To Jamaica and Back (Google eBook)

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Chapman and Hall, 1876 - Jamaica - 324 pages
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Page 157 - AT MONTPELIER IN FRANCE, BUT LEFT THAT COUNTRY FOR HIS RELIGION AND CAME TO SETTLE IN THIS ISLAND, WHERE HE WAS SWALLOWED UP IN THE GREAT EARTHQUAKE IN THE YEAR 1692 AND BY THE PROVIDENCE OF GOD WAS BY ANOTHER SHOCK THROWN INTO THE SEA, AND MIRACULOUSLY SAVED BY SWIMMING UNTIL A BOAT TOOK HIM UP ; HE LIVED MANY YEARS AFTER IN GREAT REPUTATION, BELOVED BY ALL WHO KNEW HIM, AND MUCH LAMENTED AT HIS DEATH.
Page 186 - ... such as may be necessary to preserve inviolate the faith of the island with the public creditor...
Page 221 - Children we are all Of one great Father, in whatever clime Nature or chance hath cast the seeds of life, All tongues, all colours : neither after death Shall we be sorted into languages And tints, ..white, black, and tawny, Greek and Goth, Northmen and offspring of hot Africa; The All-Father, he in whom we live and move, He the indifferent Judge of all, regards Nations, and hues, and dialects alike. According to their works shall they be judged, When even-handed Justice in the scale Their good and...
Page 85 - Nee si fide nunquam cesso, Fletu stillans indefesso : Tibi soli tantum munus ; Salva me, Salvator unus. Nil in manu mecum fero, Sed me versus Crucem gero ; Vestimenta nudus oro, Opem debilis imploro ; Fontem Christi quaere immundus, Nisi laves, moribundus. Dum hos artus vita regit ; Quando nox sepulchro tegit ; Mortuos cum stare jubes, Sedens Judex inter nubes ; JESUS, pro me perforatus, Condar intra Tuum latus.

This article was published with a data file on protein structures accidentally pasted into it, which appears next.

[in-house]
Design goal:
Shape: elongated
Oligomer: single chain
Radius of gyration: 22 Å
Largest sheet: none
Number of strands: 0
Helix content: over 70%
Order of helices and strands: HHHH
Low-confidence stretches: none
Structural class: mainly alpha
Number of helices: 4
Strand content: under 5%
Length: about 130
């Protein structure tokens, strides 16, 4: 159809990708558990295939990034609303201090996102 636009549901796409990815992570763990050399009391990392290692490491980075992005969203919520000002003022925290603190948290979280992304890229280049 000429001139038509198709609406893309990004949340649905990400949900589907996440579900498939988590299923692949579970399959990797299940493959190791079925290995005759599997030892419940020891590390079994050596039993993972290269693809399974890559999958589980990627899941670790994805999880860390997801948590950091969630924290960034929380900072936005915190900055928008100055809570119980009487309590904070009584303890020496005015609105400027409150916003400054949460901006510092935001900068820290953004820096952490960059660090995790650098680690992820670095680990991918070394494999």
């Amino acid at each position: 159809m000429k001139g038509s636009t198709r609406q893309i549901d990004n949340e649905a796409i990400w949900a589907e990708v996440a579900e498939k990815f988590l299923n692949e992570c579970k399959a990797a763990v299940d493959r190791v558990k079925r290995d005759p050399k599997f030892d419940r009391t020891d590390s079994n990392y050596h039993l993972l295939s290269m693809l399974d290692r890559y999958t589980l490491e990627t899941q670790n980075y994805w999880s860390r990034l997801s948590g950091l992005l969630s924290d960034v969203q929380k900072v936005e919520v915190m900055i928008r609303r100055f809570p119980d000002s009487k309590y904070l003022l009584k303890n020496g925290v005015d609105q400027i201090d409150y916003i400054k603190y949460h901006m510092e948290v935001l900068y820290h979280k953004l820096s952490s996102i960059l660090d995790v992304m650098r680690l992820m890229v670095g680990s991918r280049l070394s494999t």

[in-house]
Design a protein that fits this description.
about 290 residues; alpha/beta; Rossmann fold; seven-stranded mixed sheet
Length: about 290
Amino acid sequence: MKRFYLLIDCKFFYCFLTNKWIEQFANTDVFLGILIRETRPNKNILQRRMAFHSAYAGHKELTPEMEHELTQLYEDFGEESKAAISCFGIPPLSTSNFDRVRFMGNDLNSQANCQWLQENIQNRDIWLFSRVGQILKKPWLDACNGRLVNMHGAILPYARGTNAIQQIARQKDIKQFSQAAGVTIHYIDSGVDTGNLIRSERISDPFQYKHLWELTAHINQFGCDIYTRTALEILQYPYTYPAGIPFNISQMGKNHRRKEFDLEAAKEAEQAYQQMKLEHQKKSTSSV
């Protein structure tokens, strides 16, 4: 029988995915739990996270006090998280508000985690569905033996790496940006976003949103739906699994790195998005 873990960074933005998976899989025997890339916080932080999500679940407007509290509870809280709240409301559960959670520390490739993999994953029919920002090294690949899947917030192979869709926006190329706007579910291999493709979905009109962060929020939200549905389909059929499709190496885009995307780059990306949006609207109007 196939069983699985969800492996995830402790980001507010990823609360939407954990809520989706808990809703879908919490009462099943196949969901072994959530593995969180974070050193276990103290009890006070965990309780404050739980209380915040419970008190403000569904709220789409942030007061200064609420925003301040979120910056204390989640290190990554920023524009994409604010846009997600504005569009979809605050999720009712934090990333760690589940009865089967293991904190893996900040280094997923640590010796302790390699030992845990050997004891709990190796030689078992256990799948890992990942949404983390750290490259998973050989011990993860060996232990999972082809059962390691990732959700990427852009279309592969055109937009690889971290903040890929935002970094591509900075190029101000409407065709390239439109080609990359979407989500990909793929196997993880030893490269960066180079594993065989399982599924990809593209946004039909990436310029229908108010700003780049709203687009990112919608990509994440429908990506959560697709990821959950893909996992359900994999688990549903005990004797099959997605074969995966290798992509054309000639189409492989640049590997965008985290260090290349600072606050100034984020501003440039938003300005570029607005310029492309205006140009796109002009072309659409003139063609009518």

Page 217 - After they are whipped till they are raw, some put on their skins pepper and salt to make them smart ; at other times their masters will drop melted wax on their skins, and use several very exquisite torments.
Page 171 - Re are perfectly broken ; that is to say, they will not kill the object they pursue, unless resisted. On coming up with a fugitive, they bark at him till he stops ; they then crouch near him, terrifying him with a ferocious growling if he stirs. In this position they continue barking, to give notice to the Chasseurs, who come up and secure their prisoner...
Page 140 - The good old rule Sufficeth them, the simple plan, That they should take who have the power, And they should keep who can.
Page 217 - ... on every Limb, and then applying the Fire by degrees from the Feet and Hands, burning them gradually up to the Head, whereby their pains are extravagant. For Crimes of a lesser Nature Gelding, or chopping off half of the Foot with an Ax.
Page 219 - ... applied to his feet. He uttered not a groan, and saw his legs reduced to ashes with the utmost firmness and composure; after which one of his arms by some means getting loose, he snatched a brand from the fire that was consuming him and flung it in the face of the executioner.
Page 173 - The fentence was mild, and the punifhment not fevere: but the whole body of the Trelawney town Maroons, in revenge for the indignity offered to two of their number, immediately took...

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